There are many sides to Woody Allen, and most of them are funny. His neurotic New York schtick is always fun to watch, and Woody is right on form in this movie. Here he plays an avant garde music impresario who has never found success—- due to his attempts to mesh opera with the theater of the absurd. Never, that is until he finds a mortician who can sing in the shower, but not much of anywhere else.
But this movie is not mainly about Woody himself, ‘To Rome with Love’ is a pretty devastating critique of our fascination with celebrity and the whole superficiality of celebrity culture. In this respect it really not much like his success from last year, ‘Midnight in Paris’, except of course it is set in a beautiful European capital, in this case Roma.
It is a surprise to me that more of the reviews of this films have not realized this is not divertimento… it is Woody Allen satire with the tongue hardly in cheek. Most interesting of all is how Allen draws analogies between the absurdities of celebrity and the absurdities of lust and romance. The public falls for ‘stars’ for irrational reasons, and individuals fall in love with other individuals for equally irrational reasons. In both case the fantasies never match the reality, and the realities never live up to the fantasies.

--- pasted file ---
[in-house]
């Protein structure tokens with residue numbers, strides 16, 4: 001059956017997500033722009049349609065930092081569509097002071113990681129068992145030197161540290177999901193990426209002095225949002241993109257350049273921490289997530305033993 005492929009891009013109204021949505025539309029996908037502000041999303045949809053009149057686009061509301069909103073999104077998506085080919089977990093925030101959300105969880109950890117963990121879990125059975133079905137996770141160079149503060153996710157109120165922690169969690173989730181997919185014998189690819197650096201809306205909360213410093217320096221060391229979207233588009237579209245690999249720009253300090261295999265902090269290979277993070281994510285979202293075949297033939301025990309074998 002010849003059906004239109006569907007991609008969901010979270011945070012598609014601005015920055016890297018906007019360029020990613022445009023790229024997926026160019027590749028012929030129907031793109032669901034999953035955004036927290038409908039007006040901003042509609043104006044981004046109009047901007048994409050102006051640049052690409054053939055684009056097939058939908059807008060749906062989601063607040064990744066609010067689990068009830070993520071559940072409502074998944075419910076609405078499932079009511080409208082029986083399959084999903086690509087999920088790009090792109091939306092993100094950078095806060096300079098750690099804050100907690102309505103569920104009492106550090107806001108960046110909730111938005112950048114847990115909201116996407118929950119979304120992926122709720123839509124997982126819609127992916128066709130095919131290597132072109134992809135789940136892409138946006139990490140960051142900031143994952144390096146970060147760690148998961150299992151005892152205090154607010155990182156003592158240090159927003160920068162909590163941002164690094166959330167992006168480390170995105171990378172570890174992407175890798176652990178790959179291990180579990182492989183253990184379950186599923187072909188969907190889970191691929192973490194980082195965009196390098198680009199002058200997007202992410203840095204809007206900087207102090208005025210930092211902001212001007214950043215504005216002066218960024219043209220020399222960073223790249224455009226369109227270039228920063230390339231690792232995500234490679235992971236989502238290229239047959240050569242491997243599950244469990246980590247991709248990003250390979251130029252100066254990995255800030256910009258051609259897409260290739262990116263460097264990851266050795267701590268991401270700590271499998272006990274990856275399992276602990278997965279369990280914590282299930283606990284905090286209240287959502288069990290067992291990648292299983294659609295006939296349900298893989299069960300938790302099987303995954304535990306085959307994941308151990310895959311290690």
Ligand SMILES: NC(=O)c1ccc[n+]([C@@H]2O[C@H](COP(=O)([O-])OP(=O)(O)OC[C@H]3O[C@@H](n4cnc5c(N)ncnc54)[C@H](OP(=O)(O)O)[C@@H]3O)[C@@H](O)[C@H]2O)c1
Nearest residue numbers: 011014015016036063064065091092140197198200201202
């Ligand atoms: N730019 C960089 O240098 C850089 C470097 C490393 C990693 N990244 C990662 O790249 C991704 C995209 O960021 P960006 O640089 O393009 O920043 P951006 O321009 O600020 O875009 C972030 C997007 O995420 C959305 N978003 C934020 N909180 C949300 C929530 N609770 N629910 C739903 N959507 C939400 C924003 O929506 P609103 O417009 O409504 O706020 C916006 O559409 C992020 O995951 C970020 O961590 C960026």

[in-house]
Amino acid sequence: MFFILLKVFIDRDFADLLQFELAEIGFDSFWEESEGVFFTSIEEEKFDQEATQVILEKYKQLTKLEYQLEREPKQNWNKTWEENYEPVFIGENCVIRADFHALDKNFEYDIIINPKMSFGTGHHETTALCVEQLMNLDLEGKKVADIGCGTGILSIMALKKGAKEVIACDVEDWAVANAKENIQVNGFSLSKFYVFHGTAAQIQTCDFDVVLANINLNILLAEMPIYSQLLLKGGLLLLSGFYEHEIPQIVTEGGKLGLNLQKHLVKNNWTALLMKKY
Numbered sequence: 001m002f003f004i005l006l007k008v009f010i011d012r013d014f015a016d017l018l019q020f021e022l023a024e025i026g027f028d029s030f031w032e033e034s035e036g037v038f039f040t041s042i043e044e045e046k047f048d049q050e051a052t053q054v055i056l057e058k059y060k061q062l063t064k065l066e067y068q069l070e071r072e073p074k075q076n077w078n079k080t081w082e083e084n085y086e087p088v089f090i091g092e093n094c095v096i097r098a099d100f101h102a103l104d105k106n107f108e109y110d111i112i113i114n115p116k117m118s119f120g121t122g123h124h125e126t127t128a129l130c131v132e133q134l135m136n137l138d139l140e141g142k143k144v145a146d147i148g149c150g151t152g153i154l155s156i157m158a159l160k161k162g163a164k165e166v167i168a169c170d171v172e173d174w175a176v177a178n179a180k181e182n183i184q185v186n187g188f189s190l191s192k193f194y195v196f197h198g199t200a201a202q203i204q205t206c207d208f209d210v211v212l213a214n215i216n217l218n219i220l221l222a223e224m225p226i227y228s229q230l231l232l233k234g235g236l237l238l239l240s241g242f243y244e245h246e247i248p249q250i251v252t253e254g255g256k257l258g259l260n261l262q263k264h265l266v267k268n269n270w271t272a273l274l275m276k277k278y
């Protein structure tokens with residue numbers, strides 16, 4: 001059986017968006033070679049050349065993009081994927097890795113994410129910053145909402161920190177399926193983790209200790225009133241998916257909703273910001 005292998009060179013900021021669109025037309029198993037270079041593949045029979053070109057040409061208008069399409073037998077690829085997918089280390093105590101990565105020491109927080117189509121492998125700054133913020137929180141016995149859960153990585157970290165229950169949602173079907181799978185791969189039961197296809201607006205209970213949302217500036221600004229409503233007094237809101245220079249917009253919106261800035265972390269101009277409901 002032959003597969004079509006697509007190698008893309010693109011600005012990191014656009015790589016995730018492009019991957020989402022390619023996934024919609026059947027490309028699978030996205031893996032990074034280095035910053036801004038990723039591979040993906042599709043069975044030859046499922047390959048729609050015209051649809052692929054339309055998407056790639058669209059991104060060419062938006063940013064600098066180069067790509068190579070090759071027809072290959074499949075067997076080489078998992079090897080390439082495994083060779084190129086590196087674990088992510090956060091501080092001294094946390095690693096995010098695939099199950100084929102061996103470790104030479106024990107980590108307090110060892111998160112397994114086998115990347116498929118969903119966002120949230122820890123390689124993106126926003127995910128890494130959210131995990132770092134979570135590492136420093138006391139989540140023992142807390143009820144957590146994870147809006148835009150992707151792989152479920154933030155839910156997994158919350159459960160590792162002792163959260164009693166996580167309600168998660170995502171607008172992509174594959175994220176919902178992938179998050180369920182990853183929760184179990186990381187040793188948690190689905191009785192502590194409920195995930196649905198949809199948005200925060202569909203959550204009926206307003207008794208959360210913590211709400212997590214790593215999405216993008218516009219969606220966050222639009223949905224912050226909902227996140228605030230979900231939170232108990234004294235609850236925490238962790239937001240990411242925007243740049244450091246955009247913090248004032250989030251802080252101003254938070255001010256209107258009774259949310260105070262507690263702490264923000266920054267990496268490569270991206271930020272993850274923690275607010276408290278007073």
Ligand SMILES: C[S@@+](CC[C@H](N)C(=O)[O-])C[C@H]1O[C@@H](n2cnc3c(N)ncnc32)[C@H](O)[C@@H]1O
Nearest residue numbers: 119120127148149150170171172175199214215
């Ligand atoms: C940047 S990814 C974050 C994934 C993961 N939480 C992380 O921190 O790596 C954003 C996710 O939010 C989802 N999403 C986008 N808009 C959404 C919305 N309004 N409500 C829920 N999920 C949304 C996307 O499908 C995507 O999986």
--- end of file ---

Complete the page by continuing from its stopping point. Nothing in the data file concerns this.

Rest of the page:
To see this movie as basically about love, or young love, or old love, is to miss the point. It is holding up a mirror to our ephemeral irrational fantasies and showing us that they are no more or less absurd than the character Allen plays promoting opera via absurd mechanisms. Indeed, that opera which he promotes is a parable of just such fascinations.
The most interest role in the film is played by Alec Baldwin who sort of serves as the voice of conscience for the character Jesse Eisenberg plays. Along the way, there is the usual Allen wit. A one juncture Allen professes to his long suffering wife, “You know you married a very bright guy, I have an IQ in the 160s” to which she tartly responds ” Yes, dear, but that number was calculated in Euros, in dollars it is much lower.”
I have loved many Woody Allen films, and I loved this one as well, critics be darned. It appears that some are just unable to recognize satire when they see it, or alas they are too fond of celebrity culture and trashy boy lusts girl stories to admit it. All I know is, for an hour and 52 minutes I was thoroughly entertained, laughed a good deal, and enjoyed the scenery. What more can one want from a summer film? While I wouldn’t rate this movie in Woody’s top five (The Purple Rose of Cairo, Annie Hall, Love and Death, Bananas, Midnight in Paris) it is better than many of his films and well worth a trip to the Cineplex.